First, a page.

The same appraisal might be made for the book’s handling of how to present the research results in a scholarly way. A chapter similar to Chapter 15, which deals with the structure and development of a research project/proposal could be envisioned, one that would employ the same strategy to help researchers present their findings. Chapter 15 does include a brief discussion of criteria for judging a journal manuscript together with the guidance to look at resources such as Evans & Zobel (2011) and McIntosh & Ginther (2014), studies that discuss strategies for writing theses and research reports, respectively.

A bit more globally, one might question why another book on research methodology in applied linguistics is needed. It seems there are currently a number of volumes that attempt comprehensive treatment of differing research methodologies together with discussion of differing areas of applied linguistic research. For example, Richards, Ross & Seedhouse (2011) is a volume (of the same title) that covers much of the same ground that this volume does. Dörnyei’s (2007) book on research methods in applied linguistics considers quantitative, qualitative and mixed methodologies, and attempts a comprehensive overview. McKay (2006) and Mackey & Gass (2005, 2012) in more focused ways provide a treatment of second language research methodologies and design.

However, none of these volumes are entirely similar in their approaches, scope, and structure. The most recent volume incorporates the most current research, and even includes chapters, as mentioned earlier, by researchers like Dörnyei, Gass, and others who authored some of the previous books. What Paltridge and Phakiti have done well is to meld discussion not only of qualitative, quantitative and mixed methods and research techniques and approaches, but also of a great number of other considerations (ethics, sample studies, lists of academic journals in applied linguistics, etc.) into one orderly, intelligible and effective presentation of material.

Ostensibly, the need to update practical resources such as these will continue, since changes in presentational modes, the creation of methodological innovations, and the development new tools for investigation and analysis will continue to reshape practices for future researchers. The present volume, if not fully comprehensive, will provide students with the necessary considerations they must attend to as they begin research in applied linguistics.

REFERENCES

Dörnyei, Zoltan. 2007. Research methods in applied linguistics: Quantitative, qualitative and mixed methodologies. Oxford: Oxford University Press.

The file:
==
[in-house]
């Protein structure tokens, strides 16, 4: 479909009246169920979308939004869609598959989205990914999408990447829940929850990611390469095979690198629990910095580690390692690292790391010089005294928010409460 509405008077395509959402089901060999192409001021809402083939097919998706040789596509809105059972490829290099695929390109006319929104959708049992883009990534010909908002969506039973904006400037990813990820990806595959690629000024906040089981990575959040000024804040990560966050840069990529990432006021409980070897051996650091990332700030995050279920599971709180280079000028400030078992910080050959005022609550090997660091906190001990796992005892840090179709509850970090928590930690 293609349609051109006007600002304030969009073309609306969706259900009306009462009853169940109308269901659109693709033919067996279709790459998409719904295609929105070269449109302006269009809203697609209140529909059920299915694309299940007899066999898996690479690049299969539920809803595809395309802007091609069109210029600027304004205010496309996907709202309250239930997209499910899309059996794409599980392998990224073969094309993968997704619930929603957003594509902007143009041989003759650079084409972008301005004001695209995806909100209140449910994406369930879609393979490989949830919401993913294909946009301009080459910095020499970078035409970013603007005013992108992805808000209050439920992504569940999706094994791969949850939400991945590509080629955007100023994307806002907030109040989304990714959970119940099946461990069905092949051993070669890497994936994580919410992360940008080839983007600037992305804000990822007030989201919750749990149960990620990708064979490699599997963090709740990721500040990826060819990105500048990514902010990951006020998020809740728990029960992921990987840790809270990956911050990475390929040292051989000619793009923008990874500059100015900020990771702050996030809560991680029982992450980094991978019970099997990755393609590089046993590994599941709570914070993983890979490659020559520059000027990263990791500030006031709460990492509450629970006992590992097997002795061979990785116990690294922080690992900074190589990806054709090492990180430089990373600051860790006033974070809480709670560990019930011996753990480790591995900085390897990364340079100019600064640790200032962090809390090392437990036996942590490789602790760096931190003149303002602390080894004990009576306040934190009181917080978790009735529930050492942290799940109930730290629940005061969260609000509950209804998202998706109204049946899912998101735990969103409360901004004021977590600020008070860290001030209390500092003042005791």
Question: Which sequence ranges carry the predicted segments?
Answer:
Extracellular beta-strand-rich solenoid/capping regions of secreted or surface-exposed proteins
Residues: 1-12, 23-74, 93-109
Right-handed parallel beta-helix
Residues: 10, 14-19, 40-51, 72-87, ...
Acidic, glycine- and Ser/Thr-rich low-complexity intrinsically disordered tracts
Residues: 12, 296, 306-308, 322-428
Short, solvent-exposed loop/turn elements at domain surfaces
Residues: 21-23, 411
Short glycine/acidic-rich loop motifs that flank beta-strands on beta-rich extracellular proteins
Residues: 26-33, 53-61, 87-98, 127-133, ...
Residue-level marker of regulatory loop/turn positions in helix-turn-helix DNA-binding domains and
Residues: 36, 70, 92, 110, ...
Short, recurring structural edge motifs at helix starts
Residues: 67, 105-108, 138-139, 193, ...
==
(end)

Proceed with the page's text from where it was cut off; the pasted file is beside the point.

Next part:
Evans, David, Paul Gruba & Justin Zobel. 2011. How to write a better thesis. (3rd edn.) Melbourne: Melbourne University Press.

Gardner, Robert C. 1988. ‘The socio-educational model of second language learning: Assumptions, findings and issues’, Language Learning, 38(1). 101-126.

Hatch, Evelyn and Anne Lazaraton. 1991. The research manual: Design and statistics
for applied linguistics. New York: Newbury House Publishers.

Lowie, Wander & Bregtje Seton. 2013. Essential Statistics for Applied Linguistics. Hampshire: Palgrave Macmillan.

Mackey, Alison & Susan M. Gass. 2005. Second language research: Methodology and
design. Mahwah, New Jersey: Lawrence Erlbaum Associates, Inc.

Mackey, Alison & Susan M. Gass (eds.). 2012. Research methods in second language
acquisition: A practical guide. Wiley-Blackwell. Malden, MA: Wiley-Blackwell.

McIntosh, Kyle & April Ginther. 2014. ‘Writing Research Reports’, in Antony John Kunnan (ed.), The Companion to Language Assessment. London: John Wiley & Sons.

McKay, Sandra. L. 2006. Researching second language classrooms. Mahwah, New Jersey:
Lawrence Erlbaum Associates, Inc.

Larson-Hall, Jennifer. 2010. A guide to doing statistics in second language research
using SPSS. New York: Routledge.

Pallant, Julie. 2010. SPSS Survival Manual: A step by step guide to data analysis
using SPSS (4th ed.). New York, NY: Open University Press.

Richards, Keith., Steven. J. Ross & Paul Seedhouse. 2011. Research Methods for Applied
Language Studies: An Advanced Resource Book for Students. New York: Routledge.
 
ABOUT THE REVIEWER:
Larry LaFond is an Associate Professor in the Department of English Language and Literature of Southern Illinois University Edwardsville. He teaches research methodology in second language acquisition (SLA) to graduates and undergraduates. His current research interests, in addition to SLA, include theory and practice in language teacher education and dialectal variation within American Midlands English.